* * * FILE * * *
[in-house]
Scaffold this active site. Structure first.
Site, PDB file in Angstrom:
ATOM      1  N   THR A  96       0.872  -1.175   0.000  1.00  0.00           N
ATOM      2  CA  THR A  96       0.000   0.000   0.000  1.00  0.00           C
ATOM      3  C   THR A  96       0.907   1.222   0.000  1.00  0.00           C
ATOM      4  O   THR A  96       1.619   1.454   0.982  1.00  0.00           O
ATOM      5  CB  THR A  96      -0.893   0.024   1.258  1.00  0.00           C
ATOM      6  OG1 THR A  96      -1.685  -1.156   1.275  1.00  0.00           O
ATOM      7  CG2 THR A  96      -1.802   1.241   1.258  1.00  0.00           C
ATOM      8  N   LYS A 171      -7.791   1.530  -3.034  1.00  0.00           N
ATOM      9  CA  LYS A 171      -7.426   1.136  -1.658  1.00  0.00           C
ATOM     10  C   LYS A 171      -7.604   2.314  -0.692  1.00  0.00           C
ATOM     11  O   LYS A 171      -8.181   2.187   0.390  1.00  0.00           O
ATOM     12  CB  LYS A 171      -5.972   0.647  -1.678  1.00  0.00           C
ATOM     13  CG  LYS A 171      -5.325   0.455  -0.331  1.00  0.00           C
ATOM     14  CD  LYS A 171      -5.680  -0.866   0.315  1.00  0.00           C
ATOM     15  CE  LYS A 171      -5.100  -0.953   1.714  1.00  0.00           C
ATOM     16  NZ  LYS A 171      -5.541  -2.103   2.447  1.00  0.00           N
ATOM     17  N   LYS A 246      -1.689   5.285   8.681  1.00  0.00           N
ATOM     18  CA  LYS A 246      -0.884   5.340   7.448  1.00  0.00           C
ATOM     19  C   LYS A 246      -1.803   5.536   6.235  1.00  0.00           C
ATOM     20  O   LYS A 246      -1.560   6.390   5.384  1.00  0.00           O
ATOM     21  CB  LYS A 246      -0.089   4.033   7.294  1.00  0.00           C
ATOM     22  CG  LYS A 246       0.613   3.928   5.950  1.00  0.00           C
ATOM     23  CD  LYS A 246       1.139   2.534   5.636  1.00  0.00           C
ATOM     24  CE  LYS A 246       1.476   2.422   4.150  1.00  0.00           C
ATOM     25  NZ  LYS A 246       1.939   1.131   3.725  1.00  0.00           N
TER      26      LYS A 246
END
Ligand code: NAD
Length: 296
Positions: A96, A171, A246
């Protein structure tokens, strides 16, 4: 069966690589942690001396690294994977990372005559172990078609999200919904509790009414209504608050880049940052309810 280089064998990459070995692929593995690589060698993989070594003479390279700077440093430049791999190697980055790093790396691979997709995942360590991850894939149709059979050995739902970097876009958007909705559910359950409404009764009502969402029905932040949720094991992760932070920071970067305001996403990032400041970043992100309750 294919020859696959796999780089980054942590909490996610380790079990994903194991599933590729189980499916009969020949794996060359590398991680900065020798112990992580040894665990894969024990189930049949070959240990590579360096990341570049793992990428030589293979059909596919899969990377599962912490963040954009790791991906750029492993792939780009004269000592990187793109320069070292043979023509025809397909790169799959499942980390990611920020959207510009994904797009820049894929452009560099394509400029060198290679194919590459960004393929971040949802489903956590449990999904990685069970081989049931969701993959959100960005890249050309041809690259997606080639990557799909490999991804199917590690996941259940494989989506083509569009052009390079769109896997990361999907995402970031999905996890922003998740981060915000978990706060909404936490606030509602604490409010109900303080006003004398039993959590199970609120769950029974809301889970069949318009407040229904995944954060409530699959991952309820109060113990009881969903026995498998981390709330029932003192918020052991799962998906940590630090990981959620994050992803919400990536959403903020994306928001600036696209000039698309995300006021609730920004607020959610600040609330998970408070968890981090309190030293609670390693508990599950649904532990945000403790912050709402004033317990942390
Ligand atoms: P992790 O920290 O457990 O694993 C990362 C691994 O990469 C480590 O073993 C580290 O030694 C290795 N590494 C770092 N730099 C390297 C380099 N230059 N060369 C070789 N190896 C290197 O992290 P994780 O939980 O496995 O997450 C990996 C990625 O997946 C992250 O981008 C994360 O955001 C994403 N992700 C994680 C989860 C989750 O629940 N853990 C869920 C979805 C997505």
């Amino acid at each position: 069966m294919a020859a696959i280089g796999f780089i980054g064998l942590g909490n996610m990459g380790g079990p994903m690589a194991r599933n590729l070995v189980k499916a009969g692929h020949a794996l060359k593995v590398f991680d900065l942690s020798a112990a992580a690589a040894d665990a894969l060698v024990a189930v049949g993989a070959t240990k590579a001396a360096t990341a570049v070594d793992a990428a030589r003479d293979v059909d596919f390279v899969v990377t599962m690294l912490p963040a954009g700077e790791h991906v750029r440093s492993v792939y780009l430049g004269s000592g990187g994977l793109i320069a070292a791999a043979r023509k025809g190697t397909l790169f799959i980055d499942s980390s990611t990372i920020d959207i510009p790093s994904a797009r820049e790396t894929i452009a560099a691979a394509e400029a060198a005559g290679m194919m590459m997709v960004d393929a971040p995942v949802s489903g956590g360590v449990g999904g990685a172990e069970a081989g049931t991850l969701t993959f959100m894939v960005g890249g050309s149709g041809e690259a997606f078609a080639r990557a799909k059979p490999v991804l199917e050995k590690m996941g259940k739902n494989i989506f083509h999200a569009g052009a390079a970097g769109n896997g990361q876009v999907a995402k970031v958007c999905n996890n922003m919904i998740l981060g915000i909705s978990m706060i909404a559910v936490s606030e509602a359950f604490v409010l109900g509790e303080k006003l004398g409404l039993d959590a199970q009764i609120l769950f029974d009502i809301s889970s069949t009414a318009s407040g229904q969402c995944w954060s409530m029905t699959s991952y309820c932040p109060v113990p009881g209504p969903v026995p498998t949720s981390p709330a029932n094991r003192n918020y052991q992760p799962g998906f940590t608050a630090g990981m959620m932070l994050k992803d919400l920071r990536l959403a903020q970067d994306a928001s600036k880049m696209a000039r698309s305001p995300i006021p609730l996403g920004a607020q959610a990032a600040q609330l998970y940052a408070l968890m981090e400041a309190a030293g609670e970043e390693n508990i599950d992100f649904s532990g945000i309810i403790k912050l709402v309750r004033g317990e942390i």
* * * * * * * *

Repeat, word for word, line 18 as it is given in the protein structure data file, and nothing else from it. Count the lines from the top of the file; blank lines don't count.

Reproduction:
ATOM     15  CE  LYS A 171      -5.100  -0.953   1.714  1.00  0.00           C